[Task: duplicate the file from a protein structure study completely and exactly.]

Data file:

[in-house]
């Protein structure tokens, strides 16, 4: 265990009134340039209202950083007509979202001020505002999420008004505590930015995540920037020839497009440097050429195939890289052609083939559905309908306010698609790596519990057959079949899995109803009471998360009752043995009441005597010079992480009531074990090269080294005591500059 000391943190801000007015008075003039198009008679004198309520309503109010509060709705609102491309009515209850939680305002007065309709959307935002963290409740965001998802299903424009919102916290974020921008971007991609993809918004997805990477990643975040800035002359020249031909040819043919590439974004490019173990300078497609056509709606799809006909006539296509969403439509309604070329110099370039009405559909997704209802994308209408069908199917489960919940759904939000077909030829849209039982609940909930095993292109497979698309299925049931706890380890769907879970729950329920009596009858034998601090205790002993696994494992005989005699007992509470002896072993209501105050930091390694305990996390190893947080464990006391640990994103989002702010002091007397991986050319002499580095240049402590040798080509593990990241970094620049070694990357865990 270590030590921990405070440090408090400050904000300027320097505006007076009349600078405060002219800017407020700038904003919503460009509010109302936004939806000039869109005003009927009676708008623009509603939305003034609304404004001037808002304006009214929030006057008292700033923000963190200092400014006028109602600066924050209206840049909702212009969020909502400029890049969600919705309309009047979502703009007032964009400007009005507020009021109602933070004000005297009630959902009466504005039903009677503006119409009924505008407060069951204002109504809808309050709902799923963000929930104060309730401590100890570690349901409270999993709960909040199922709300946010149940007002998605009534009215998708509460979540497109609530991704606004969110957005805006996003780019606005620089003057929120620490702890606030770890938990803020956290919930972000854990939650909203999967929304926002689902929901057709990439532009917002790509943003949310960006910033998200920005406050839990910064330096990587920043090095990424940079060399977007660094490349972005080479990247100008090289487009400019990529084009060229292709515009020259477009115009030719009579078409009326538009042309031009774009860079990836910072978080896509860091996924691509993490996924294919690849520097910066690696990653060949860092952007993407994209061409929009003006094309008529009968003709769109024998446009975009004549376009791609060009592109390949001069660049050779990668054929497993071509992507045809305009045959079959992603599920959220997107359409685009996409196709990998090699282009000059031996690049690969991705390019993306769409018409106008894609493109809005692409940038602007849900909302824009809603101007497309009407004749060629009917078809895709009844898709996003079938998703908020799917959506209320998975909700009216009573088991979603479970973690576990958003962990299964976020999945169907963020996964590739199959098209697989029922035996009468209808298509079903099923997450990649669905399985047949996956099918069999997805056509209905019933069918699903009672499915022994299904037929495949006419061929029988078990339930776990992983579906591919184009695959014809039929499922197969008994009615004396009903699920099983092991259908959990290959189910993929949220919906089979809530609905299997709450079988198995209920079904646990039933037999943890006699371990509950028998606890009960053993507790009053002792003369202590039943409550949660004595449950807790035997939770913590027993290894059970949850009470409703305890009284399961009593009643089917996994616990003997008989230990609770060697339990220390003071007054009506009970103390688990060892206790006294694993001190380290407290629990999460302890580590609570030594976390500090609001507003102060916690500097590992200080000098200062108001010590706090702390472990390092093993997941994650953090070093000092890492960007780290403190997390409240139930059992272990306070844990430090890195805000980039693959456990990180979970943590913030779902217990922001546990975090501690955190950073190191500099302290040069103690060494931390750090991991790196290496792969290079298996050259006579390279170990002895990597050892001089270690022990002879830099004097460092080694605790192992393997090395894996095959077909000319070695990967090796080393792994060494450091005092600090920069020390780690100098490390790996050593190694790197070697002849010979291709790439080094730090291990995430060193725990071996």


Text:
[in-house]
């Protein structure tokens, strides 16, 4: 265990009134340039209202950083007509979202001020505002999420008004505590930015995540920037020839497009440097050429195939890289052609083939559905309908306010698609790596519990057959079949899995109803009471998360009752043995009441005597010079992480009531074990090269080294005591500059 000391943190801000007015008075003039198009008679004198309520309503109010509060709705609102491309009515209850939680305002007065309709959307935002963290409740965001998802299903424009919102916290974020921008971007991609993809918004997805990477990643975040800035002359020249031909040819043919590439974004490019173990300078497609056509709606799809006909006539296509969403439509309604070329110099370039009405559909997704209802994308209408069908199917489960919940759904939000077909030829849209039982609940909930095993292109497979698309299925049931706890380890769907879970729950329920009596009858034998601090205790002993696994494992005989005699007992509470002896072993209501105050930091390694305990996390190893947080464990006391640990994103989002702010002091007397991986050319002499580095240049402590040798080509593990990241970094620049070694990357865990 270590030590921990405070440090408090400050904000300027320097505006007076009349600078405060002219800017407020700038904003919503460009509010109302936004939806000039869109005003009927009676708008623009509603939305003034609304404004001037808002304006009214929030006057008292700033923000963190200092400014006028109602600066924050209206840049909702212009969020909502400029890049969600919705309309009047979502703009007032964009400007009005507020009021109602933070004000005297009630959902009466504005039903009677503006119409009924505008407060069951204002109504809808309050709902799923963000929930104060309730401590100890570690349901409270999993709960909040199922709300946010149940007002998605009534009215998708509460979540497109609530991704606004969110957005805006996003780019606005620089003057929120620490702890606030770890938990803020956290919930972000854990939650909203999967929304926002689902929901057709990439532009917002790509943003949310960006910033998200920005406050839990910064330096990587920043090095990424940079060399977007660094490349972005080479990247100008090289487009400019990529084009060229292709515009020259477009115009030719009579078409009326538009042309031009774009860079990836910072978080896509860091996924691509993490996924294919690849520097910066690696990653060949860092952007993407994209061409929009003006094309008529009968003709769109024998446009975009004549376009791609060009592109390949001069660049050779990668054929497993071509992507045809305009045959079959992603599920959220997107359409685009996409196709990998090699282009000059031996690049690969991705390019993306769409018409106008894609493109809005692409940038602007849900909302824009809603101007497309009407004749060629009917078809895709009844898709996003079938998703908020799917959506209320998975909700009216009573088991979603479970973690576990958003962990299964976020999945169907963020996964590739199959098209697989029922035996009468209808298509079903099923997450990649669905399985047949996956099918069999997805056509209905019933069918699903009672499915022994299904037929495949006419061929029988078990339930776990992983579906591919184009695959014809039929499922197969008994009615004396009903699920099983092991259908959990290959189910993929949220919906089979809530609905299997709450079988198995209920079904646990039933037999943890006699371990509950028998606890009960053993507790009053002792003369202590039943409550949660004595449950807790035997939770913590027993290894059970949850009470409703305890009284399961009593009643089917996994616990003997008989230990609770060697339990220390003071007054009506009970103390688990060892206790006294694993001190380290407290629990999460302890580590609570030594976390500090609001507003102060916690500097590992200080000098200062108001010590706090702390472990390092093993997941994650953090070093000092890492960007780290403190997390409240139930059992272990306070844990430090890195805000980039693959456990990180979970943590913030779902217990922001546990975090501690955190950073190191500099302290040069103690060494931390750090991991790196290496792969290079298996050259006579390279170990002895990597050892001089270690022990002879830099004097460092080694605790192992393997090395894996095959077909000319070695990967090796080393792994060494450091005092600090920069020390780690100098490390790996050593190694790197070697002849010979291709790439080094730090291990995430060193725990071996």